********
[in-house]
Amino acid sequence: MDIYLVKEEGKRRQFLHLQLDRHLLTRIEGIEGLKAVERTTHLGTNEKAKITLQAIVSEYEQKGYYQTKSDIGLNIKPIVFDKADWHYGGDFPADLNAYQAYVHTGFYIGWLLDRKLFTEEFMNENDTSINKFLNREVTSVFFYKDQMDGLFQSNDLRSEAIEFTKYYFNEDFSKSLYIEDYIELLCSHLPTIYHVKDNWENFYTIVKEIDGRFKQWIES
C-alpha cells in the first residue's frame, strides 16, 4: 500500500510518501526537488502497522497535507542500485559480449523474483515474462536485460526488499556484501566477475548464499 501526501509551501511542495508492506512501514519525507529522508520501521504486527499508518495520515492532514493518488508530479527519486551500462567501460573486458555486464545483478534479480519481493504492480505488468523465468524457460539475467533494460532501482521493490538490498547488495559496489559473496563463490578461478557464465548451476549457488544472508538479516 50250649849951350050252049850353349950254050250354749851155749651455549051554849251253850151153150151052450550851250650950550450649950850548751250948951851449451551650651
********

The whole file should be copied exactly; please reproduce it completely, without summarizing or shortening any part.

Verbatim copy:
[in-house]
Amino acid sequence: MDIYLVKEEGKRRQFLHLQLDRHLLTRIEGIEGLKAVERTTHLGTNEKAKITLQAIVSEYEQKGYYQTKSDIGLNIKPIVFDKADWHYGGDFPADLNAYQAYVHTGFYIGWLLDRKLFTEEFMNENDTSINKFLNREVTSVFFYKDQMDGLFQSNDLRSEAIEFTKYYFNEDFSKSLYIEDYIELLCSHLPTIYHVKDNWENFYTIVKEIDGRFKQWIES
C-alpha cells in the first residue's frame, strides 16, 4: 500500500510518501526537488502497522497535507542500485559480449523474483515474462536485460526488499556484501566477475548464499 501526501509551501511542495508492506512501514519525507529522508520501521504486527499508518495520515492532514493518488508530479527519486551500462567501460573486458555486464545483478534479480519481493504492480505488468523465468524457460539475467533494460532501482521493490538490498547488495559496489559473496563463490578461478557464465548451476549457488544472508538479516 50250649849951350050252049850353349950254050250354749851155749651455549051554849251253850151153150151052450550851250650950550450649950850548751250948951851449451551650651